Queens of Amathus, a powerful Birmingham documentary, is set to tell incredible journeys made by Cypriots to Birmingham. It will premiere on Sunday 3rd November at Cineworld, Broad Street, Birmingham.
Women highlighted in the film headed to Birmingham for various reasons, united by their stories of personal sacrifice, poverty and war. BirminghamLive journalist Christina Savvas helps to tell their stories for the first time.
The film follows each person’s journey through time, right from the early lace trade pre-World War II through to the struggle of British rule and the Turkish invasion in 1974, where thousands of Cypriot people tragically lost their homes and in some cases were separated from their families due the atrocities that occurred.
Each woman featured in the documentary shares a very emotional and personal account of her experiences, with their lives in Birmingham a world apart from the quaint villages and towns of the small Mediterranean island. Poverty and the lack of opportunities forced many to leave their homeland and then conflict and war brought many more to the city, including one youngster who was separated from her mother and family in Famagusta during the invasion at the age of three, leaving her traumatised from the events that occurred.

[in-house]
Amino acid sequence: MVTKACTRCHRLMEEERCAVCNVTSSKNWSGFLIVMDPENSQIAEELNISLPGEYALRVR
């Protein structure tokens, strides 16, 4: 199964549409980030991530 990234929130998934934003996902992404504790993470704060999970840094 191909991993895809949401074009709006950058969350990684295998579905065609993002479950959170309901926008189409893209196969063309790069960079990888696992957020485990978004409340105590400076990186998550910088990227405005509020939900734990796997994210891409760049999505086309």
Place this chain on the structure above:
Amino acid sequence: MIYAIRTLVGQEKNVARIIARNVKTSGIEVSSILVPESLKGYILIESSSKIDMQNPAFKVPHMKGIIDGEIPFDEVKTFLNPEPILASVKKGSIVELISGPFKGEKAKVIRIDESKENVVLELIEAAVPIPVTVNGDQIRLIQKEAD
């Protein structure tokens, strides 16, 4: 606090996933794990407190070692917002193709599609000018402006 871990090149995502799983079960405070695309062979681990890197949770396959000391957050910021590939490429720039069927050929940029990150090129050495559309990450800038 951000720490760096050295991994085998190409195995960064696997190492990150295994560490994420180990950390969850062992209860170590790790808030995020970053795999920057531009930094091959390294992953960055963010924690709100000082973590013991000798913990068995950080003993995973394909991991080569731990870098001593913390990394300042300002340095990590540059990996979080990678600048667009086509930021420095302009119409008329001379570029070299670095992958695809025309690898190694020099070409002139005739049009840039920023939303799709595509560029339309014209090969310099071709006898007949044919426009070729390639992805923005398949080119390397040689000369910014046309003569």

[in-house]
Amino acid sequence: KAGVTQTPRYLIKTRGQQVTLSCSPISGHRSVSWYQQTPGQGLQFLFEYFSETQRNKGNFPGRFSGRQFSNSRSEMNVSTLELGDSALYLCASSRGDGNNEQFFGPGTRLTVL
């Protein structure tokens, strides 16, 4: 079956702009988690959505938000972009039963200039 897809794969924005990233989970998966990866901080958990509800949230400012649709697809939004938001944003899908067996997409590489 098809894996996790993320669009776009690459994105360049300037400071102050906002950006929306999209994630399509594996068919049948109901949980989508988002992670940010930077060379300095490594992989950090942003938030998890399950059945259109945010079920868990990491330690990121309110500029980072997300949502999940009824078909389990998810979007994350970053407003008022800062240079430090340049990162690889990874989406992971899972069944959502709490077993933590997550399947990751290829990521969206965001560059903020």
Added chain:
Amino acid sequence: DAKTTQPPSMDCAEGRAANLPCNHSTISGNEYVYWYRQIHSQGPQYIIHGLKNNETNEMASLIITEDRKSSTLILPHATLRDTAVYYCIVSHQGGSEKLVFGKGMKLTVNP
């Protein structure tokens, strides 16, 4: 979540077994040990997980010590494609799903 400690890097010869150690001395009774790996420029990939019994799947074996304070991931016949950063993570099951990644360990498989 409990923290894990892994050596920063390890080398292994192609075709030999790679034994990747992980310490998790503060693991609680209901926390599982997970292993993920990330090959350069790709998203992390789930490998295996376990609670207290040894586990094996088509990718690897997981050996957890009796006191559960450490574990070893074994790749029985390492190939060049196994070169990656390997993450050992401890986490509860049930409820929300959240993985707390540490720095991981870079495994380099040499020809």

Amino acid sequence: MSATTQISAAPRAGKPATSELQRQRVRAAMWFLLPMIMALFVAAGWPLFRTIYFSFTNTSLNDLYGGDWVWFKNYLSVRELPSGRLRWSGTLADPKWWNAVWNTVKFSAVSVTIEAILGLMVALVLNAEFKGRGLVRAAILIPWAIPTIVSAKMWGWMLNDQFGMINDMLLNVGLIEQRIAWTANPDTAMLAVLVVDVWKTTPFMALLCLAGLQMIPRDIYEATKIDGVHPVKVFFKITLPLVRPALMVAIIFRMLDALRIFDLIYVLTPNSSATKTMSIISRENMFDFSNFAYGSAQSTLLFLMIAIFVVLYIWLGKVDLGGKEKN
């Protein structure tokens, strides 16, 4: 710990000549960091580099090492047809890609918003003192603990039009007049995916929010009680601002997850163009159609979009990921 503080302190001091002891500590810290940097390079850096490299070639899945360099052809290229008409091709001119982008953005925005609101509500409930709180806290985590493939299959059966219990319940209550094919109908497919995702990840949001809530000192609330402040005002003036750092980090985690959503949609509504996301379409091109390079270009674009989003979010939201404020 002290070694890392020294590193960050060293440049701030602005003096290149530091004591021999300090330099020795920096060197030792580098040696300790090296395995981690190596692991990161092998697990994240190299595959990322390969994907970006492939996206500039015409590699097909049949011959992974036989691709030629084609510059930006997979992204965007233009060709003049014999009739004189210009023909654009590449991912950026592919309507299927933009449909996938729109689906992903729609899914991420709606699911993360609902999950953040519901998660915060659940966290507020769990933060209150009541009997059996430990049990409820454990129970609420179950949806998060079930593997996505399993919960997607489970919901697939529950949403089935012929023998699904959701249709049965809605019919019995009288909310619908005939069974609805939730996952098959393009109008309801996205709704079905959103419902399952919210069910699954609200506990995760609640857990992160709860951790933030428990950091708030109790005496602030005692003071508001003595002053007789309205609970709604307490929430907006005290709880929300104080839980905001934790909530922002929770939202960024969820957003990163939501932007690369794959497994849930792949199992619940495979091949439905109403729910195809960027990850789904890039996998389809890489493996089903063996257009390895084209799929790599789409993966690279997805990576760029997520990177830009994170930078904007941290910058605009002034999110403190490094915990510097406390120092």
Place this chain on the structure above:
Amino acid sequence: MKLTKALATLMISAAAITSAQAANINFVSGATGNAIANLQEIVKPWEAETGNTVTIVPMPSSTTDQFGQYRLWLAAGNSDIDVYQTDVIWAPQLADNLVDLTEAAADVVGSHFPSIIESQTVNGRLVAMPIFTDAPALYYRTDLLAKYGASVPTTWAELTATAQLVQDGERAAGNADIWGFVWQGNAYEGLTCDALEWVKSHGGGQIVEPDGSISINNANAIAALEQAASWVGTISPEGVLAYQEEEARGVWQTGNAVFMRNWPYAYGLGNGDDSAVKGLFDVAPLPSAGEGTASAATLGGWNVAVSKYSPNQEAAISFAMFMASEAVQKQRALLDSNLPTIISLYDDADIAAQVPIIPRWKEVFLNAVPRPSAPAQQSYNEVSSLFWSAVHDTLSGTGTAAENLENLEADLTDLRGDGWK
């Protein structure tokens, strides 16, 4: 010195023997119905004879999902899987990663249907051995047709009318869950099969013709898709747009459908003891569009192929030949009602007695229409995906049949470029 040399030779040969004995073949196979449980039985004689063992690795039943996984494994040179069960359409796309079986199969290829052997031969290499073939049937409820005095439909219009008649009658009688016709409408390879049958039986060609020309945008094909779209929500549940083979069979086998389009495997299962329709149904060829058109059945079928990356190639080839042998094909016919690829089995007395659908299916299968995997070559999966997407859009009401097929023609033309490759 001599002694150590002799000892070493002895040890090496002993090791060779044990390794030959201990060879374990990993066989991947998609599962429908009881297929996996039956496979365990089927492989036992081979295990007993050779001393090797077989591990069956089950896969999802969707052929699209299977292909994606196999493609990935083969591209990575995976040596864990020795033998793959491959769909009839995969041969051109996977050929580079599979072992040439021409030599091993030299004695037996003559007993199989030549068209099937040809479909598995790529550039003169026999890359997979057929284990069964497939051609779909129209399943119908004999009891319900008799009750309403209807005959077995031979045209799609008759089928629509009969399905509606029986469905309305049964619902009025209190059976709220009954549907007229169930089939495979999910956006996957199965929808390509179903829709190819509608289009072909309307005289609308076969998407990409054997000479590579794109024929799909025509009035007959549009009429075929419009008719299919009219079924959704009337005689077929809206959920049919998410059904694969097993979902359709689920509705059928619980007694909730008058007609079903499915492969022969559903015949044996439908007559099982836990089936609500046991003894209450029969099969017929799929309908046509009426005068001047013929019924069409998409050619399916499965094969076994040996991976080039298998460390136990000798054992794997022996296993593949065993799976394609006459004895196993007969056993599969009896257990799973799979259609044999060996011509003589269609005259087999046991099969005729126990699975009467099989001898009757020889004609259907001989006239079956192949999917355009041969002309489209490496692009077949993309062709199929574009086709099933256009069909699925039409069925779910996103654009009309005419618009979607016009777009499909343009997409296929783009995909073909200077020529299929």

The documentary is the brain child of Panikos Panayiotou, sports development manager at Birmingham City Council.
Panikos said: “Whilst undertaking my previous publications I felt that the female struggle was a story that needed to be told independently. The women of Cyprus that have migrated to Birmingham have a unique story with universal messages to women and the younger generation across the world, who live the privileged lives they live today because of the trials and tribulations of our Queens and the sacrifices of migrant women across the globe. A truly humbling experience the Queens of Amathus journey has truly touched my heart, as I hope it touches the heart of its viewers. I salute these queens of Birmingham that have made this city their own and shared their stories with us.”
Like all migrants in Birmingham from all over the world, the Cypriot community has played a major role in the city’s’ development, most influentially through the fish and chip shop trade, which is also briefly touched on in the documentary.
The documentary will premiere on Sunday 3 November at Cineworld, Broad Street, Birmingham. It’s part of a wider concept of This Is My City which is the start of a bigger programme to celebrate, document and showcase Commonwealth migration to Birmingham.
Queens of Amathus has also been shortlisted from thousands of entries to the Birmingham Film Festival hosted this year at the Millennium Point, Birmingham taking place between November 1 and November 10.